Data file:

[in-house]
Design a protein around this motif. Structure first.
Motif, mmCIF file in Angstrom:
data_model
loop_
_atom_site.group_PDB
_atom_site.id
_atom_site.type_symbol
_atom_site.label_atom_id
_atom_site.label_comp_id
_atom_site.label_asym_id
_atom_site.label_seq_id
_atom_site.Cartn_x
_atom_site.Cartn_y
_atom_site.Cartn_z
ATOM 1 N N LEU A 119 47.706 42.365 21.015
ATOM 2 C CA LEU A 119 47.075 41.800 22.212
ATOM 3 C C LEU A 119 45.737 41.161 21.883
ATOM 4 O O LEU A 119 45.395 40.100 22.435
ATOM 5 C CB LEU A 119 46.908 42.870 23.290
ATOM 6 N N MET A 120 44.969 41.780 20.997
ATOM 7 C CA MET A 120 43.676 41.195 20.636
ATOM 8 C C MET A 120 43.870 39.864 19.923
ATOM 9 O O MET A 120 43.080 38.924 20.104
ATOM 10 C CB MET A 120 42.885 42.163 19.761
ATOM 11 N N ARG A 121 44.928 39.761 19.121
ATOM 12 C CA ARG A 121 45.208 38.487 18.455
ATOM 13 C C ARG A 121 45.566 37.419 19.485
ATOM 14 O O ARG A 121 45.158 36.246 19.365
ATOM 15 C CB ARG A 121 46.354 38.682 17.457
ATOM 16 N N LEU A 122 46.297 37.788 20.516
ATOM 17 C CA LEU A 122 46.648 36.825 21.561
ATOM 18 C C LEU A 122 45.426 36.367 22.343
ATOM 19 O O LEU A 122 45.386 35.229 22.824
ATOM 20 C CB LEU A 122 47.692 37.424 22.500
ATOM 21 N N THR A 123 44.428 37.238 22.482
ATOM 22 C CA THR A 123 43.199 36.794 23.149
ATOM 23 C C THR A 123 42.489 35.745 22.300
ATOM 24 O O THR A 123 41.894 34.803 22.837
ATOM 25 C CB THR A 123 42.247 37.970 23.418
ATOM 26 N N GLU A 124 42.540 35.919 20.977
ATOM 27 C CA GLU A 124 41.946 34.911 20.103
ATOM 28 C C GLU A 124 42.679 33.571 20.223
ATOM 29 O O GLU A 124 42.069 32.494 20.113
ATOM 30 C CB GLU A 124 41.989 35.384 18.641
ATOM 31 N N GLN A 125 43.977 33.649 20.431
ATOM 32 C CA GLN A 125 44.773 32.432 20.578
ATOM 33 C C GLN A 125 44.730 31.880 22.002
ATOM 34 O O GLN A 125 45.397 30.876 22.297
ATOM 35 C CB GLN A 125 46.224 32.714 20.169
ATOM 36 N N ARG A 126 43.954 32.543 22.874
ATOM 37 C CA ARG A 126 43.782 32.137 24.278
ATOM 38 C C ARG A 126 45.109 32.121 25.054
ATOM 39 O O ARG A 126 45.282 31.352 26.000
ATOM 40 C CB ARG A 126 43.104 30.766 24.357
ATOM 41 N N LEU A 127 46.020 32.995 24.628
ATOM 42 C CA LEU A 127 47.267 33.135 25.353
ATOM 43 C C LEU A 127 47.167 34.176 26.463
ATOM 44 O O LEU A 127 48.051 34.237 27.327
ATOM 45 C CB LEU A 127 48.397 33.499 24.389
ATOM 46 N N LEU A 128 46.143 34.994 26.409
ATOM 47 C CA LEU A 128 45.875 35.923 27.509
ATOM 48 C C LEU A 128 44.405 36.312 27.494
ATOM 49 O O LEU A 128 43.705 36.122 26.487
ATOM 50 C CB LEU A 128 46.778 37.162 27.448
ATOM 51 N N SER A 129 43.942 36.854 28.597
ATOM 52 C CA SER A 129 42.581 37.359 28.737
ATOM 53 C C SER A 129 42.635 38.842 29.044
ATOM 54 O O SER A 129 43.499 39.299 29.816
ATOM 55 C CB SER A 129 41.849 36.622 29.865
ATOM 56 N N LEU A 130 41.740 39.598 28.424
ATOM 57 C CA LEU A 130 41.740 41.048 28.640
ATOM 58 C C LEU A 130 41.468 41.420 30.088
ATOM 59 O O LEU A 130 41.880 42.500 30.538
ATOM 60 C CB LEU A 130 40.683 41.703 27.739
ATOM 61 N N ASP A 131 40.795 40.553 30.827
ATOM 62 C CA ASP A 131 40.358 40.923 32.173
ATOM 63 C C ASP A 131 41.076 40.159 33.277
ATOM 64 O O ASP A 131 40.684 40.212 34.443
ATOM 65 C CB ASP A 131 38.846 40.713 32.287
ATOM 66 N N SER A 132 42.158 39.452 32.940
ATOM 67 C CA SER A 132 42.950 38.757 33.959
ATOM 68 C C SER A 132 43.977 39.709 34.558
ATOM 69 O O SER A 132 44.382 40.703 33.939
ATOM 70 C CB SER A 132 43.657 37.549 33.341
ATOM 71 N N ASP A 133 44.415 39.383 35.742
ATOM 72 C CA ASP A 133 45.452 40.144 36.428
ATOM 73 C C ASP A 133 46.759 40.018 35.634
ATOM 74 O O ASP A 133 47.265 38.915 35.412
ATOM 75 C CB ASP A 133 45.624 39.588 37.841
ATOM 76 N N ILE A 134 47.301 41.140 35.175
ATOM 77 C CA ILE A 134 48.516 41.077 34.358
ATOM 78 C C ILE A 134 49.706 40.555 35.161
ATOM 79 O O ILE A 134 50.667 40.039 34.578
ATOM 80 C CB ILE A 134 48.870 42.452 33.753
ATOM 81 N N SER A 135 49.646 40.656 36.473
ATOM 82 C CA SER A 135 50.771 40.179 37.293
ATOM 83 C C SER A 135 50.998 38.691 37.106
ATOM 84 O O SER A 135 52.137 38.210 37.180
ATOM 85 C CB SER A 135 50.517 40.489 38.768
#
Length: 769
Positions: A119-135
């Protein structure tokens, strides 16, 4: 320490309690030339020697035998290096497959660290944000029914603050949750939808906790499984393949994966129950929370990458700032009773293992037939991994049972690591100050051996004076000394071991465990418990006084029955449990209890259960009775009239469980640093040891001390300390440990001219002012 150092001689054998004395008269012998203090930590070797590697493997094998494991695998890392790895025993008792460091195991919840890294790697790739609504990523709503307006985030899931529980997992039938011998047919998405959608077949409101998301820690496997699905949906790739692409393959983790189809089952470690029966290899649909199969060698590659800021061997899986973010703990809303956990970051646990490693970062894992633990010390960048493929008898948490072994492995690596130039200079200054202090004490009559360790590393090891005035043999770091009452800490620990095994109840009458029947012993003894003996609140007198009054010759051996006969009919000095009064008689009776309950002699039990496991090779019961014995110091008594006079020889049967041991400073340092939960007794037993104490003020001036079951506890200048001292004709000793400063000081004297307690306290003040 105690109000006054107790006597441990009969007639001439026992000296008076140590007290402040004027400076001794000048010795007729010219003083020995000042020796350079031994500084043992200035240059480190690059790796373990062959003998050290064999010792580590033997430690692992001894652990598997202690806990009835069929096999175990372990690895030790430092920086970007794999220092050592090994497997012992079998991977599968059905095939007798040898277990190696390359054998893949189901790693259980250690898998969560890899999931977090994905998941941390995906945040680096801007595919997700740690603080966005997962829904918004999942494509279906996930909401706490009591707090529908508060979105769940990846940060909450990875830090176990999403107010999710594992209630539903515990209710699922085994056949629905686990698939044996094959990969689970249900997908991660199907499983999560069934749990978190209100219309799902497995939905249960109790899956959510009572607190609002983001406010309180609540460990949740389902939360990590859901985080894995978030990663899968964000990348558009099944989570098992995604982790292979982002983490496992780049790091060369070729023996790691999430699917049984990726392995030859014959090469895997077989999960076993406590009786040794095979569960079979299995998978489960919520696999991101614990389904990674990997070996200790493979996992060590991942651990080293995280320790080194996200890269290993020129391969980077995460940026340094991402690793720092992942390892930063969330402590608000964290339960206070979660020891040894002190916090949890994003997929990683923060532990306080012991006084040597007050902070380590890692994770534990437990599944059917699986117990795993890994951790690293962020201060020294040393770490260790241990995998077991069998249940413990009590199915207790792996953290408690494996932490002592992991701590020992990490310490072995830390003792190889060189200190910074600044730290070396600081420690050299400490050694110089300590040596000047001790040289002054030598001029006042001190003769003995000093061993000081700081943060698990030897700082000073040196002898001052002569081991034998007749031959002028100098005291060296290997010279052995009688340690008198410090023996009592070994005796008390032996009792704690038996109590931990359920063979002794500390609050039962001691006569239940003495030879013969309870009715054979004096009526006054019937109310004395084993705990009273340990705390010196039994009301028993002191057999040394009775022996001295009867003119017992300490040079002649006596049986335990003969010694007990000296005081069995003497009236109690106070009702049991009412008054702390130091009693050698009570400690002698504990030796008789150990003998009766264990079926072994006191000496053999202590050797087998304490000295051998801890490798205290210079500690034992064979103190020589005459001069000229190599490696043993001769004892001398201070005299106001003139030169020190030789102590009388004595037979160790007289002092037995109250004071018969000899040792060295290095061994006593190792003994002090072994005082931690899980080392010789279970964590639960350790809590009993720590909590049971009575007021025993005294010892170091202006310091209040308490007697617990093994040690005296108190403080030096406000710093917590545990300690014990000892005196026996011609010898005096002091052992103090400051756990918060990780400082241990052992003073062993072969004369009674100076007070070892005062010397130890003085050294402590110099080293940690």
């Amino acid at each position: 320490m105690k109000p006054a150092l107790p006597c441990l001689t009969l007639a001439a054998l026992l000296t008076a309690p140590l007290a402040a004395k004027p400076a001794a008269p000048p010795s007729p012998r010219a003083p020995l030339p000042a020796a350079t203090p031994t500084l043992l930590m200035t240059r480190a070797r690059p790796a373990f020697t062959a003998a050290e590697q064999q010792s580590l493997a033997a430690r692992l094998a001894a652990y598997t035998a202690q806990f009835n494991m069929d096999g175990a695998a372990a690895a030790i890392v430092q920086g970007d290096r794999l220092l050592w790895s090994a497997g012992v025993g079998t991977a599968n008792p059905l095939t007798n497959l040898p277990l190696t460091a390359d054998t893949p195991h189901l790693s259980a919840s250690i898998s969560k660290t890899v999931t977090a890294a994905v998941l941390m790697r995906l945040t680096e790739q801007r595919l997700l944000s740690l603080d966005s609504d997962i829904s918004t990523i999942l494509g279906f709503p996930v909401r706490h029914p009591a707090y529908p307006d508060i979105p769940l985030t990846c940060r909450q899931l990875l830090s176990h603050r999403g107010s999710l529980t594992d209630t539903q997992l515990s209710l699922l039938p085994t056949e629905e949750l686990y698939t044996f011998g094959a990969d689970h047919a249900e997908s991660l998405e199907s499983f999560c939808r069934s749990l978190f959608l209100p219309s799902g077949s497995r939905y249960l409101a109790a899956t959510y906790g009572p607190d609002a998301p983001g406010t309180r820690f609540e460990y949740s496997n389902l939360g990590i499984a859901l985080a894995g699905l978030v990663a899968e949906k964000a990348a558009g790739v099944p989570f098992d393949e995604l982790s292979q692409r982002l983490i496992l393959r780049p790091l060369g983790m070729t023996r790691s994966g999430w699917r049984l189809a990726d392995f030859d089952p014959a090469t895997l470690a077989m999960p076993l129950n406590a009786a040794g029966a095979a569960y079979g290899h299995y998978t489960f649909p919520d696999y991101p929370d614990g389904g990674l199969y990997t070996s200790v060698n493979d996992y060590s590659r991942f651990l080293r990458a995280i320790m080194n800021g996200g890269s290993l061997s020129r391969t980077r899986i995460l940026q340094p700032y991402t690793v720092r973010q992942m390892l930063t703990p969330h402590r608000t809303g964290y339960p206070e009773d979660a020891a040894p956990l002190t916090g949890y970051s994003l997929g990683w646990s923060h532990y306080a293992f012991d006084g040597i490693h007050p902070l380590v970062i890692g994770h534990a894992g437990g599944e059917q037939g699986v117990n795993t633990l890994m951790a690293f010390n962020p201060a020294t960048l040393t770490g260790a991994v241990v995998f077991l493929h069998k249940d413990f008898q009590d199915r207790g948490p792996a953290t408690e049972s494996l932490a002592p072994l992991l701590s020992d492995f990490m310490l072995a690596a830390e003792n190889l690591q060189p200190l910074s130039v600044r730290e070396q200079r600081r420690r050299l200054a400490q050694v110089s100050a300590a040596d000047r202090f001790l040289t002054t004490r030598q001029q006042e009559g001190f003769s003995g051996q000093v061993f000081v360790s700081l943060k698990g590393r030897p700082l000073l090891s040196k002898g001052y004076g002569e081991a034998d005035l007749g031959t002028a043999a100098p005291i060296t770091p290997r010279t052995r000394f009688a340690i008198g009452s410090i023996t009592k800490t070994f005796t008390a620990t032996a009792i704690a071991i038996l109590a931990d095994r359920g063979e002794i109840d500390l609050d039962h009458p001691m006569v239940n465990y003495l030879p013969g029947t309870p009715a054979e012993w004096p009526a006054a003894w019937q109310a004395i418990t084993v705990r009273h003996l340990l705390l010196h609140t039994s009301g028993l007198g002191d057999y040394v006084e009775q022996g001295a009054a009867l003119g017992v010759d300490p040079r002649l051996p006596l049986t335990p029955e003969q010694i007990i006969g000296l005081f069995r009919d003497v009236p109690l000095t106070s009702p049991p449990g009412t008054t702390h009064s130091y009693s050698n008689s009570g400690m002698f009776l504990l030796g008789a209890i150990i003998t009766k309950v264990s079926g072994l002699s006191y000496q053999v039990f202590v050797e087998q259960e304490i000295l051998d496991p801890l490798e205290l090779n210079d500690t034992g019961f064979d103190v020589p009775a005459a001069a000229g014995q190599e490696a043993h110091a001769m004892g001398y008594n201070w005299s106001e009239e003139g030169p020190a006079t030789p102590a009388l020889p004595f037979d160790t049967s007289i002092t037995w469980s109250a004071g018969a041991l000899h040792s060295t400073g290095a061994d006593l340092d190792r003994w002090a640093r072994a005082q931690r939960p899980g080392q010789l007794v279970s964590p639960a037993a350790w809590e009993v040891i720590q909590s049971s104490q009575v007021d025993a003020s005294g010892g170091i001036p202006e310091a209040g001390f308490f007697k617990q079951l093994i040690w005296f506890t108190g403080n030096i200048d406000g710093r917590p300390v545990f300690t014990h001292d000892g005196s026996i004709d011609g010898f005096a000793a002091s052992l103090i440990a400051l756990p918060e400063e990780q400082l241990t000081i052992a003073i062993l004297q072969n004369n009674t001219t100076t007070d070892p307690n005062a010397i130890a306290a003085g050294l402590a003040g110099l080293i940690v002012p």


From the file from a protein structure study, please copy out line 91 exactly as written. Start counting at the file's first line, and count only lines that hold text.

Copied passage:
ATOM 76 N N ILE A 134 47.301 41.140 35.175